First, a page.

Phasael was the Brother of Herod the Great. Furthermore, Phasael was born during the Hasmonean Kingdom reigns Judea to a Jewish aristocratic family of Edomite descent. Moreover, His father, Antipater the Idumaean, was the close advisor of the Hasmonean king Hyrcanus II. And his mother, Cypros was a Nabatean princess. Moreover, Phasael was the elder brother of Herod the Great which was quite close.
Both Phasael and Herod launch their careers under their father, Antipater; who was appointed procurator of Judea for the Roman Republic by Julius Caesar. Then Antipater appoints Phasael to be governor of Jerusalem; and Herod governor of Galilee.
Phasael: Antipater’s Assassination
After the assassination of Julius Caesar, Antipater was forced to side with Cassius against Mark Antony. When Cassius came to Syria to collect troops, he began to demand harsh tributes. So much so that some entire cities and city curators were sold into slavery. Cassius demanded seven hundred talents out of Judea, so Antipater split the cost between his two sons. One aristocrat tasked with collecting tribute was Malichus I, who disdained Antipater and enraged Cassius by not collecting with haste. However, Antipater saved Malichus from death by expending one hundred talents of his own and placating Cassius’ anger.
Although Antipater saved Malichus’ life a second time from a different ruler, Malichus continued to despise Antipater and seek his murder. Josephus presents two opposing reasons, one which would help secure Hyrcanus against the rising threat of Herod, and the other being his desire to quickly dispose of Hyrcanus and take power himself. He devised multiple assassination attempts which Antipater evaded, but successfully bribed one of Hyrcanus’ cup-bearers to poison and kill Antipater
While Mark Antony was in Bithynia about 41 BCE, accusations were brought before him against the two brothers, who were objects of hatred to many Jews. But the shrewd Herod succeeded in obtaining the dismissal of the charges. It was impossible, however, for the Sanhedrin to rest content with the administrations of Herod and Phasael. And charges were again brought against them before Antony at Antioch. Once more the accusations proved to be fruitless, for Antony was indebted to Antipater, while even the weak Hyrcanus II pleaded for them. This led Antony to appoint the pair of tetrarchs.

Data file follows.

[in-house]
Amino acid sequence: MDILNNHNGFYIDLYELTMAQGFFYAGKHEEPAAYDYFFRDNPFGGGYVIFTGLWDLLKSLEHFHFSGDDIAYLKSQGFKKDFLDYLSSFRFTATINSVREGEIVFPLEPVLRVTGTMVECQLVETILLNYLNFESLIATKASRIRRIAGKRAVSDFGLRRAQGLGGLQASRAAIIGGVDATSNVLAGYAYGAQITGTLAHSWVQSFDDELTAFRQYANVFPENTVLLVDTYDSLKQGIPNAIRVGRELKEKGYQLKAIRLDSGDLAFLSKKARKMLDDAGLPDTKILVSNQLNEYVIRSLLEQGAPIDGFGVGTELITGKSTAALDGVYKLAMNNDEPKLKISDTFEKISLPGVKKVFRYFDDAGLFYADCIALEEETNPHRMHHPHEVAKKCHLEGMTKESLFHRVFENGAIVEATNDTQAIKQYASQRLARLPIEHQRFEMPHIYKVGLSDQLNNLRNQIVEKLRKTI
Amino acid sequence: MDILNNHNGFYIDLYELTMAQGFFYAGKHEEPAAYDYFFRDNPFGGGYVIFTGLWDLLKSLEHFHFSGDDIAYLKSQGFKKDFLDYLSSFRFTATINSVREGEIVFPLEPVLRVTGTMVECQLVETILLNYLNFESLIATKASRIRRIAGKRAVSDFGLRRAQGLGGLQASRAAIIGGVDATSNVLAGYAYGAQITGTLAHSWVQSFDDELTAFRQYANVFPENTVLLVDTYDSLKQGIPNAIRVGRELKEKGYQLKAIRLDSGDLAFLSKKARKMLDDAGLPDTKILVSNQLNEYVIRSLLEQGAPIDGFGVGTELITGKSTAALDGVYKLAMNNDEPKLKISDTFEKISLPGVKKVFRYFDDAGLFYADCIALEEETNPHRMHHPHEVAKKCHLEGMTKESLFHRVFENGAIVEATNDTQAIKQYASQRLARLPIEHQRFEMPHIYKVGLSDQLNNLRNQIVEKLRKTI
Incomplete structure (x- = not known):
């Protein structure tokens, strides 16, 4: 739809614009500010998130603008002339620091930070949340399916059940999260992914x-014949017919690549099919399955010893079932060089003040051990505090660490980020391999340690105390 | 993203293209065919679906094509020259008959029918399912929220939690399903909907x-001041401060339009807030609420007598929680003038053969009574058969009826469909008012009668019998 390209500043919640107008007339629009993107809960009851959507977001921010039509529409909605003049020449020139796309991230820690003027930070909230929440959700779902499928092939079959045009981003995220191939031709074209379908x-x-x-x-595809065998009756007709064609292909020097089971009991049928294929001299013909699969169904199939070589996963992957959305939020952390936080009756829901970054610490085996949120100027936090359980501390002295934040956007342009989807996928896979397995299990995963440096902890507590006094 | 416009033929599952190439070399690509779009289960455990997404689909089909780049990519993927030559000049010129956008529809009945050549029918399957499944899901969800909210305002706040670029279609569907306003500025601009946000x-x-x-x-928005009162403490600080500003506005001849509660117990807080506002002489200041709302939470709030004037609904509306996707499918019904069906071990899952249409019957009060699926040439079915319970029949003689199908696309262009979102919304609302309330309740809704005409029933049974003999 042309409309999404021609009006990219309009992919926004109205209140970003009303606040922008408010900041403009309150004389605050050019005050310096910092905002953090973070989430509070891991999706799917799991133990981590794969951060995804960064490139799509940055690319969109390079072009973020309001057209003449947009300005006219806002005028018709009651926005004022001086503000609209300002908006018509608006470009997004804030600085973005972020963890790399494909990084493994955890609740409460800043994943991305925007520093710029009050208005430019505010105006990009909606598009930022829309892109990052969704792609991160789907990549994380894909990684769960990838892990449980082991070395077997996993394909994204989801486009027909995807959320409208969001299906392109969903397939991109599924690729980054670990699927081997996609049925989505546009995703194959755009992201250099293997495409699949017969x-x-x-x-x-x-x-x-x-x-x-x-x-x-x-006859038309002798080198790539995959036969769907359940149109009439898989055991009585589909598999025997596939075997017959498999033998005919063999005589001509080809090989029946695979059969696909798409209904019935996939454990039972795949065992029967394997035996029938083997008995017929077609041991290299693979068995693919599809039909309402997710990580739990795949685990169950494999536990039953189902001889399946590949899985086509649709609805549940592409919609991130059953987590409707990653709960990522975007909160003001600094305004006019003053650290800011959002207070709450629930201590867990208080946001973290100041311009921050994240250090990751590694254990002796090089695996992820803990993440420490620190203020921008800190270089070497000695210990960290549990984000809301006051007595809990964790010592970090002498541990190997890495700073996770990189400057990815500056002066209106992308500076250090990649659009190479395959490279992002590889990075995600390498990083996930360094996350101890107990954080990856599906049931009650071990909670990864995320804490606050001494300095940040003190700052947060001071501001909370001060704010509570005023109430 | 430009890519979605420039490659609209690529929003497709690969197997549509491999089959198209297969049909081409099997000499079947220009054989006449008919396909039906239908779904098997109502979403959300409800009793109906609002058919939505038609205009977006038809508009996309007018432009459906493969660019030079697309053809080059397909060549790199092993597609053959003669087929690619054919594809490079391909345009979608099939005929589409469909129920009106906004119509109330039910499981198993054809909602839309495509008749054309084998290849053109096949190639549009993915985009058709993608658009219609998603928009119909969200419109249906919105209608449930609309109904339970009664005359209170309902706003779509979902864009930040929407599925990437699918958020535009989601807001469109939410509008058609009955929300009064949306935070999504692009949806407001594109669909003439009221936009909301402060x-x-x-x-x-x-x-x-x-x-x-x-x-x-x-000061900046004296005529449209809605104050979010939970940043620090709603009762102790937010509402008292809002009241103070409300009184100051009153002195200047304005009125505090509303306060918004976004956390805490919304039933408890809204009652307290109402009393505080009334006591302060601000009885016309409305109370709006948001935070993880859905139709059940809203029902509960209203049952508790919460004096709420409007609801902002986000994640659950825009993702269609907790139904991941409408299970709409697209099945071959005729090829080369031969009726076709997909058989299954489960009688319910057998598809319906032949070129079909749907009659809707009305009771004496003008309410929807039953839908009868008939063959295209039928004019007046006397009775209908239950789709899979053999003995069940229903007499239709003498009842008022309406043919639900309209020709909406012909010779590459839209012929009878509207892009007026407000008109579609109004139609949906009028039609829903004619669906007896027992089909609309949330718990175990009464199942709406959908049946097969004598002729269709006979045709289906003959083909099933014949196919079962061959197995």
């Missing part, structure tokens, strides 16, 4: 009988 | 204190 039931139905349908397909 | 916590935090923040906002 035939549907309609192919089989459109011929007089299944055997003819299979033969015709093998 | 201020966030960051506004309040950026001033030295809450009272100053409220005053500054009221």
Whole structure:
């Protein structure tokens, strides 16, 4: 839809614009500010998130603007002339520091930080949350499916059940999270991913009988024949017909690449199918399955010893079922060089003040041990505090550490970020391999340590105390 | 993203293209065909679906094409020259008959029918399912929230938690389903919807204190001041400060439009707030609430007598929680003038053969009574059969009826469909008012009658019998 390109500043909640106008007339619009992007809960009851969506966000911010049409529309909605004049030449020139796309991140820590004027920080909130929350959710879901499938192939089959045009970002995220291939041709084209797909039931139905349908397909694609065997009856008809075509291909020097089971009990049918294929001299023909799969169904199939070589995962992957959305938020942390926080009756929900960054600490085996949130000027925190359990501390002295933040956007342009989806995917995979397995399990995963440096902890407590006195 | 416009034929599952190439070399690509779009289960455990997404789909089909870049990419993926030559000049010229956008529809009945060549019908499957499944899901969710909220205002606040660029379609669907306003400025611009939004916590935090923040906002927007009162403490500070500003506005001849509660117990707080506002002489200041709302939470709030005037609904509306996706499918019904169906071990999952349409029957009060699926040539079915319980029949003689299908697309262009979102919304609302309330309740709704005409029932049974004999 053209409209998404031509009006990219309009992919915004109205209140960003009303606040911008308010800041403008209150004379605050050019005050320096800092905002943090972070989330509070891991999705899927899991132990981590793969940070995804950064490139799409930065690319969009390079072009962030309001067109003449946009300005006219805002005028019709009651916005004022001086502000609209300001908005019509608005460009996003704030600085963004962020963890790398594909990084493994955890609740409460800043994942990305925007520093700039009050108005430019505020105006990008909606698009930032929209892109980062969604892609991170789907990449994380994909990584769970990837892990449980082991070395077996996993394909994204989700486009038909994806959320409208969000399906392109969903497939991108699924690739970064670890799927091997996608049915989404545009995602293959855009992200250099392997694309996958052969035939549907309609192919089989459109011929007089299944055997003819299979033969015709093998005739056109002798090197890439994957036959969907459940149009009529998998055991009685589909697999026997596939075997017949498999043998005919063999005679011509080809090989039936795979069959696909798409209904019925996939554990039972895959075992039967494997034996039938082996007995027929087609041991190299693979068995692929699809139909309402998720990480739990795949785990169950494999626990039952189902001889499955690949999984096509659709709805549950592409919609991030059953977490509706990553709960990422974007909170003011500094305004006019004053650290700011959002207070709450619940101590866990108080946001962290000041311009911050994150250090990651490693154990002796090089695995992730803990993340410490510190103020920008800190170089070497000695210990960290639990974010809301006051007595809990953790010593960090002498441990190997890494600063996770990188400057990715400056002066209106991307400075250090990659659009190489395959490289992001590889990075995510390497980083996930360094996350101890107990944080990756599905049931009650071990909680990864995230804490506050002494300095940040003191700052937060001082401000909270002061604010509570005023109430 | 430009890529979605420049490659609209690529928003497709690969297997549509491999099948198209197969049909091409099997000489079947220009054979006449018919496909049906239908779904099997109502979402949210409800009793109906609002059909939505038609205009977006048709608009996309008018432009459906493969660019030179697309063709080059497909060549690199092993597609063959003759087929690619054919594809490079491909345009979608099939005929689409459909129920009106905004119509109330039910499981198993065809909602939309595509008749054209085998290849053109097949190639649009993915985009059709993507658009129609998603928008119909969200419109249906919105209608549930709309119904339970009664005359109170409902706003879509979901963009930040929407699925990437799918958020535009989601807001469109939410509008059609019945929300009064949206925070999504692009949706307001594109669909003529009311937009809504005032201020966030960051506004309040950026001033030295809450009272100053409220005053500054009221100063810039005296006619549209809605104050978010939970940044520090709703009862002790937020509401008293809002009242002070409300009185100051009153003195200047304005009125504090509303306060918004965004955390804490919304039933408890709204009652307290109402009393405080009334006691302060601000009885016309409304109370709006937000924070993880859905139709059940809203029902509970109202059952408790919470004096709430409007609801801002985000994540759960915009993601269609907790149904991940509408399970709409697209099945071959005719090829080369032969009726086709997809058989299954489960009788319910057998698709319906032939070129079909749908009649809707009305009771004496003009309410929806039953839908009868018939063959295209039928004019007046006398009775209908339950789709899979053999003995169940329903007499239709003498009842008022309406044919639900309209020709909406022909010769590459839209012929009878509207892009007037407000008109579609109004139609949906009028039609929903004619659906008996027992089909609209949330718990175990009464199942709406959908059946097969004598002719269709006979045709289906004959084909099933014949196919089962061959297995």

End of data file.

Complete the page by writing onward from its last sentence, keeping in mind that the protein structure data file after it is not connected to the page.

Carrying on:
Revolt of Antigonus the Hasmonean and Phasael’s Downfall
Meanwhile, Antigonus the Hasmonean endeavored to seize the Jewish throne; and in Jerusalem, there were frequent conflicts between his retainers and those of the two brothers; which were especially perilous on the Jewish Feast of Shavuot. So Phasael defended the walls, and Herod the palace, thus routing their antagonists, whereupon Antigonus invoked the aid of the Parthian Empire.
In spite of Herod’s warning, Phasael allowed himself to be lured with Hyrcanus to the camp of the Parthian leader Barzapharnes under the pretext of peace talks. Both Hyrcanus and Phasael were imprisoned. Then they were handed over to Antigonus; who caused Hyrcanus to be mutilated; a disgrace which Phasael escaped by dashing out his own brains; having the satisfaction of knowing before he died that his brother Herod had escaped from Jerusalem and was safe.
Tower of David in Jerusalem
The Tower of David is the northeast tower of the Citadel of Jerusalem. It has been identified as either the Phasael Tower or the Hippicus Tower described by Josephus. The towers named Phasael, Hippicus, and Mariamne were situated in the northwest corner of the so-called First Wall, the Hasmonean and Herodian city wall protecting the Western Hill of Jerusalem. They were situated close to where the Jaffa Gate is today and were built by Herod the Great at the same time he built his immediately adjacent royal palace. These towers protected the main entrance to the city, as well as the palace, constituting a potential last refuge for the king. All three towers have vanished except for the base of the Hippicus (or Phasael) Tower, upon which the present “Tower of David” rests.